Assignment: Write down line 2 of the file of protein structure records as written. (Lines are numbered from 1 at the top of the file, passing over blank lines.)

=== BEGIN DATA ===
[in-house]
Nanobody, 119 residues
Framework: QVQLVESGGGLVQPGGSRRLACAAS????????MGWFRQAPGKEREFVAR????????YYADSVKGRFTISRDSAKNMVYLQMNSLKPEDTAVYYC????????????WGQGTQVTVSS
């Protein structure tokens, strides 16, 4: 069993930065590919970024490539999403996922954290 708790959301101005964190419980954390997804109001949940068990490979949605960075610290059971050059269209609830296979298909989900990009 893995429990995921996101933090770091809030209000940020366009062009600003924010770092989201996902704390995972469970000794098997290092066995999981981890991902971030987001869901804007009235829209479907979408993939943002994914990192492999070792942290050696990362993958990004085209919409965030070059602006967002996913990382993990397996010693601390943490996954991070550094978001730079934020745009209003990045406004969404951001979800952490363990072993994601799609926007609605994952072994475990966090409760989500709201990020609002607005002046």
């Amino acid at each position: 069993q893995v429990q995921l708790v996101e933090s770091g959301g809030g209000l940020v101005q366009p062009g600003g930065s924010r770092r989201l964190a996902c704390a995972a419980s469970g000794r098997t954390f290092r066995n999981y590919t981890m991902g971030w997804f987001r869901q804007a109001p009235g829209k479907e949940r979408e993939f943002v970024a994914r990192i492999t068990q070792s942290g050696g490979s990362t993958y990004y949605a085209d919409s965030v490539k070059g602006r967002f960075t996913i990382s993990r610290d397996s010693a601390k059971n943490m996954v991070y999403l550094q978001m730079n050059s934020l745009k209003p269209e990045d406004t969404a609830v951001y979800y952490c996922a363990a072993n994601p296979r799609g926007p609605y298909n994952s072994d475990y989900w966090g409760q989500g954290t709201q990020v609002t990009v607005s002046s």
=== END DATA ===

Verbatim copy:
Nanobody, 119 residues